The Special Collections and Archives is honored to preserve and provide access to the materials that document his extraordinary contributions to UCI and the community.
Our collections include:
- University of California, Irvine Chancellor Jack W. Peltason records, AS-031
- Jack Peltason papers, MS.F.019
- Oral Histories
- Film of Chancellor Peltason’s Inauguration, 1985
- Hundreds of photos throughout various collections, some of which you can view below.
Maya Angelou at UCI May 29, 2014Posted by ucisca in Collections.
Tags: Black History Month, Maya Angelou, Rainbow Festival and Conference
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The great American poet and writer Maya Angelou was on the UCI campus at least three times during her life. She gave a lecture/reading on February 3, 1982 in Crawford Hall, as part of Black History Month. On November 18, 1999, Maya Angelou spoke at the Bren Event Center. “An Evening With Maya Angelou” took place on November 1, 2001, again at the Bren Event Center, as part of the 17th Annual Rainbow Festival and Conference. All three of these events were sold out, and were incredibly moving and inspiring to all present.
Below is the copy in Special Collections & Archives of the first printing of I Know Why the Caged Bird Sings, Maya Angelou’s first book, published in 1969.
Happy 450th Birthday to the Bard of Avon! April 22, 2014Posted by ucisca in Collections.
Tags: First Folio, Shakespeare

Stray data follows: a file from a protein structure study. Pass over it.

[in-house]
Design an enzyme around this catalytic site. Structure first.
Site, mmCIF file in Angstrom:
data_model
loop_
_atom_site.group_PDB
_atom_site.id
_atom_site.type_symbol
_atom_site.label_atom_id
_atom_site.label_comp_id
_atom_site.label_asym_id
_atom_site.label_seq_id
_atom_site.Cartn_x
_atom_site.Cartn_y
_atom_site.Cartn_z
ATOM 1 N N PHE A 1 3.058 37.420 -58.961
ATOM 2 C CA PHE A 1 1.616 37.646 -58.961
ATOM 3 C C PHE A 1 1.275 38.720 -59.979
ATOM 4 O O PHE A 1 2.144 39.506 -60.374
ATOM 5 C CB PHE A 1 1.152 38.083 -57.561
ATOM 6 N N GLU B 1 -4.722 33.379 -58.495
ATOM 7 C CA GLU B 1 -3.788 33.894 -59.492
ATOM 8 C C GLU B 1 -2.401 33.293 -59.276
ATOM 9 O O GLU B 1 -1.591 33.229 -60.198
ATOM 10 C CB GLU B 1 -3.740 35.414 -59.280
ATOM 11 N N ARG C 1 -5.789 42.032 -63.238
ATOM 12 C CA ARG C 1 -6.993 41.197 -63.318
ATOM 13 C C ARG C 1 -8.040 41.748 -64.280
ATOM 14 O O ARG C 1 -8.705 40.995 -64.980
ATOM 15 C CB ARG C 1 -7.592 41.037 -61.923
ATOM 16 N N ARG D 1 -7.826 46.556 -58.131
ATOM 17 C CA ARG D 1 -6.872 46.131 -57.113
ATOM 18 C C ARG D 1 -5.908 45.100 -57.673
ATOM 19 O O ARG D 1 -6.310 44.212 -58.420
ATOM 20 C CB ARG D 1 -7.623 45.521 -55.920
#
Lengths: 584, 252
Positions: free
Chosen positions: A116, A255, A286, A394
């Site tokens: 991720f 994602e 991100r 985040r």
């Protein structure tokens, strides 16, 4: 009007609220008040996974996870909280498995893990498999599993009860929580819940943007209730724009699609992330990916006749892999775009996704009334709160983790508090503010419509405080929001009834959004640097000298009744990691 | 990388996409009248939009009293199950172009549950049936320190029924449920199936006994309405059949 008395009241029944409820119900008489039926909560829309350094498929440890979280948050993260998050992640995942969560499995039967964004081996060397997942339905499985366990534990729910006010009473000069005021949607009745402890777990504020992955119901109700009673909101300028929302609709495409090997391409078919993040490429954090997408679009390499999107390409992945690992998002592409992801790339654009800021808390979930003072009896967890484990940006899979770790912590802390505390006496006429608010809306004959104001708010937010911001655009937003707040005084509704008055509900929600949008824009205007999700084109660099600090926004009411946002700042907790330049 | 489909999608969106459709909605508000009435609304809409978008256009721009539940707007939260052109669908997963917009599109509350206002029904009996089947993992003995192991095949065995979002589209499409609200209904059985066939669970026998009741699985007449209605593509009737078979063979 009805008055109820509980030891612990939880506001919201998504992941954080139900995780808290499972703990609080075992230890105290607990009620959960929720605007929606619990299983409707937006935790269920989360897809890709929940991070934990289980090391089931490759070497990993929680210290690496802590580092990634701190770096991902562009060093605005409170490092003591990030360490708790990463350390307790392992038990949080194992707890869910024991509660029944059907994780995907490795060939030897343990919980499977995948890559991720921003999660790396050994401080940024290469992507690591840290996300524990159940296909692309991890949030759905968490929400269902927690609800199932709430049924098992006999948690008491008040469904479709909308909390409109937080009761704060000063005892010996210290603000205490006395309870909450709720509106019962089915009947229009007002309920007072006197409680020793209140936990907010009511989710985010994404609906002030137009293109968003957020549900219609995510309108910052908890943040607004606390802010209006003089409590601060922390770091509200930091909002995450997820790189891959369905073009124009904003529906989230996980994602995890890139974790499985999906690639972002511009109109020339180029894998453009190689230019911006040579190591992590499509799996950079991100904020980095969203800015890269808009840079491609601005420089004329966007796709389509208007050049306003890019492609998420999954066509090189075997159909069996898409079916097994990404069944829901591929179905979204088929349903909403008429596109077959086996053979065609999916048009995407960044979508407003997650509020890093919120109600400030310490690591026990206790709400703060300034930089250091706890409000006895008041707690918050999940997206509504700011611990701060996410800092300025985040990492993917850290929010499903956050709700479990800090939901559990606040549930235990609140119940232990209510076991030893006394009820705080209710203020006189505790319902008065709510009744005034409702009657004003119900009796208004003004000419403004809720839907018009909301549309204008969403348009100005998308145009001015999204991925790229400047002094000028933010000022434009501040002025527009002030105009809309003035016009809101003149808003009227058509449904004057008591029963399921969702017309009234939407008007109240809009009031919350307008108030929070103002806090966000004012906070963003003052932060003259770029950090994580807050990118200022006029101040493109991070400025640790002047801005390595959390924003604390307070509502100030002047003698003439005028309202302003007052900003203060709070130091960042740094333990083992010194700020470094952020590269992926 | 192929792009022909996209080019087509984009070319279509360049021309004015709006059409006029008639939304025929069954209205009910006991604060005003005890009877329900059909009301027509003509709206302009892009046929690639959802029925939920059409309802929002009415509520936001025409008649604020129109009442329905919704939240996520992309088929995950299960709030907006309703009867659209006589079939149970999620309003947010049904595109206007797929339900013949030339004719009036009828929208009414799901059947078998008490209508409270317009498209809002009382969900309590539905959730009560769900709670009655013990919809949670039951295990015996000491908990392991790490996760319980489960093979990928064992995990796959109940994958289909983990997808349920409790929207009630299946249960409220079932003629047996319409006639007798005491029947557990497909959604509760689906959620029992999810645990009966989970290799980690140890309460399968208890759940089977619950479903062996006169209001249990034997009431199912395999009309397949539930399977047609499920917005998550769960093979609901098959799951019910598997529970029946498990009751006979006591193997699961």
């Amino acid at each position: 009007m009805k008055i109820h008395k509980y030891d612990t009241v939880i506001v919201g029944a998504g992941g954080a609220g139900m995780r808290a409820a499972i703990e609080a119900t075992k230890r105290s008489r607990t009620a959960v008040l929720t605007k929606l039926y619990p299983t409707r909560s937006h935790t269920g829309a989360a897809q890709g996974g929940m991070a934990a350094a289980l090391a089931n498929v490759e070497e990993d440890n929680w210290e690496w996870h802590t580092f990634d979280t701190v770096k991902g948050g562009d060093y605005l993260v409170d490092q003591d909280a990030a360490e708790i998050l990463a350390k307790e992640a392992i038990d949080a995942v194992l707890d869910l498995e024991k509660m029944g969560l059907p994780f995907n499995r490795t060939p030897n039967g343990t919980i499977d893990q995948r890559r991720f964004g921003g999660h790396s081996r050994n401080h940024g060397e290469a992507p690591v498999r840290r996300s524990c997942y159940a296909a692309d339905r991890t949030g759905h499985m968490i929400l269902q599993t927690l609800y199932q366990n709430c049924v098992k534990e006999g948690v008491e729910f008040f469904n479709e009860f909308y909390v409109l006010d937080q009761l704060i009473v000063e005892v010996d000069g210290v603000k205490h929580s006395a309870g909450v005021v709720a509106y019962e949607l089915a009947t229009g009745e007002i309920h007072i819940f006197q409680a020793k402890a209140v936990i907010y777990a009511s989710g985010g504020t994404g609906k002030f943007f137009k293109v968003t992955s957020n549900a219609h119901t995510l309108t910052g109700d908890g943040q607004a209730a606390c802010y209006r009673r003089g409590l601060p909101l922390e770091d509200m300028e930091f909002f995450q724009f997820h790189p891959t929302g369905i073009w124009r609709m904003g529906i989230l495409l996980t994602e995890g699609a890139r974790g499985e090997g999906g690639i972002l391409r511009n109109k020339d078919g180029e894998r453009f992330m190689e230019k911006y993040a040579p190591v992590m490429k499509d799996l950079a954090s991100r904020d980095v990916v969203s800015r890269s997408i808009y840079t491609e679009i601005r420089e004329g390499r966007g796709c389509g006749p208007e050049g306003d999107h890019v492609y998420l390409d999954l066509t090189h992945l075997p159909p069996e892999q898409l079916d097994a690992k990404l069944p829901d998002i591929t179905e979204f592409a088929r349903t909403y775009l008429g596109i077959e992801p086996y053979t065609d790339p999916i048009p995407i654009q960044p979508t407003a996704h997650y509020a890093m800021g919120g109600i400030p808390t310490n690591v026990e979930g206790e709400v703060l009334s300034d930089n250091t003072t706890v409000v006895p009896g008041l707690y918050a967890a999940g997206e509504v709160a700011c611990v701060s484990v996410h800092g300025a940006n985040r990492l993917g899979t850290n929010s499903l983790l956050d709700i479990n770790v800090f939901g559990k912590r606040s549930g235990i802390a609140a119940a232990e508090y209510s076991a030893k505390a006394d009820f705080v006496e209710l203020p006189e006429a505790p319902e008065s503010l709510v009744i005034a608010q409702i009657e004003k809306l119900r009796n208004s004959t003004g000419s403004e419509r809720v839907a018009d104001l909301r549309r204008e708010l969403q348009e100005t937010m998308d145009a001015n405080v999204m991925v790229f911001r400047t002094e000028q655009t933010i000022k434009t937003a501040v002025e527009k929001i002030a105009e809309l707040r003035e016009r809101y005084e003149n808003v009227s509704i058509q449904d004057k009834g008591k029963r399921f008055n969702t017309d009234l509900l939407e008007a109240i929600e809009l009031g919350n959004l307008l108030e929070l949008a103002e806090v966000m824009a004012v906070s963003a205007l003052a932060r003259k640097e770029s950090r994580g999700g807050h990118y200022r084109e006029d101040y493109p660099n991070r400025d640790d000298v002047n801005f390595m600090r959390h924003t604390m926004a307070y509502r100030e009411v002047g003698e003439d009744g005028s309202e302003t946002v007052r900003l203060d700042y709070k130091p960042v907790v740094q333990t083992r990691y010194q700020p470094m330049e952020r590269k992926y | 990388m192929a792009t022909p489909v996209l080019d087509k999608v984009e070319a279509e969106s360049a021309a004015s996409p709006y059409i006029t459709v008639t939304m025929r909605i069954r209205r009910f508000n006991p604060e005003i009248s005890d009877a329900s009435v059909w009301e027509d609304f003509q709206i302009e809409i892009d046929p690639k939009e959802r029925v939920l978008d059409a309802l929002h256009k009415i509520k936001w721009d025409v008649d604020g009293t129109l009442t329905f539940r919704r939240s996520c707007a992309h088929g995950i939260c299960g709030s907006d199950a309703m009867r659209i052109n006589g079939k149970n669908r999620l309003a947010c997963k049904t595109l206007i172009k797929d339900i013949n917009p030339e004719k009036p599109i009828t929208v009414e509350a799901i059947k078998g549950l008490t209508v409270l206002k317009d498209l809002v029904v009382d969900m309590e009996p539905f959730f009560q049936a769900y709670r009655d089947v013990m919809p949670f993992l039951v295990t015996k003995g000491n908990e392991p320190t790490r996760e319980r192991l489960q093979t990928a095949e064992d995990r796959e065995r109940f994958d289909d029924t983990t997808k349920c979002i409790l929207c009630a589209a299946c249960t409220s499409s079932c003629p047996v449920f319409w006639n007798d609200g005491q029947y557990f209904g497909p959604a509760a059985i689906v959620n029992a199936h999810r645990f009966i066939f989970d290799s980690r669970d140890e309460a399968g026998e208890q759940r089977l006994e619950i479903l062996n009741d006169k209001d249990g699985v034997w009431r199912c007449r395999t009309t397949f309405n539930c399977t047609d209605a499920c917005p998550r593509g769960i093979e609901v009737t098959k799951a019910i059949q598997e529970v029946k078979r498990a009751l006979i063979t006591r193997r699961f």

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William Shakespeare is generally thought to have been born on April 23, 1564 in Stratford-upon-Avon, making Wednesday, April 23, 2014 his 450th birthday! He died on the same day in 1616, so 2016 will be the quatercentenary of his death, the 400th anniversary. Shakespeare’s “First Folio,” one of the rarest items in the UCI Libraries, is housed in Special Collections and Archives on the fifth floor of Langson Library. The first collected edition of the plays of William Shakespeare, commonly known as “The First Folio,” has long ranked among the most treasured publications in the English language. A fine copy of the first edition was donated to the Libraries in 1986 by Dr. Patrick Hanratty (below), a graduate of the UCI doctoral program in Information and Computer Science. Printed in London in 1623, seven years after Shakespeare’s death, the First Folio contains texts of thirty-six of the plays. Half of the plays here had never been printed before and half of the remaining plays appear here in authoritative versions. Only about 240 copies of the First Folio survive today, most held in libraries and other cultural institutions. Our collection include the first reprint of 1807, as well as other important reprints and early glossaries. Happy Birthday William!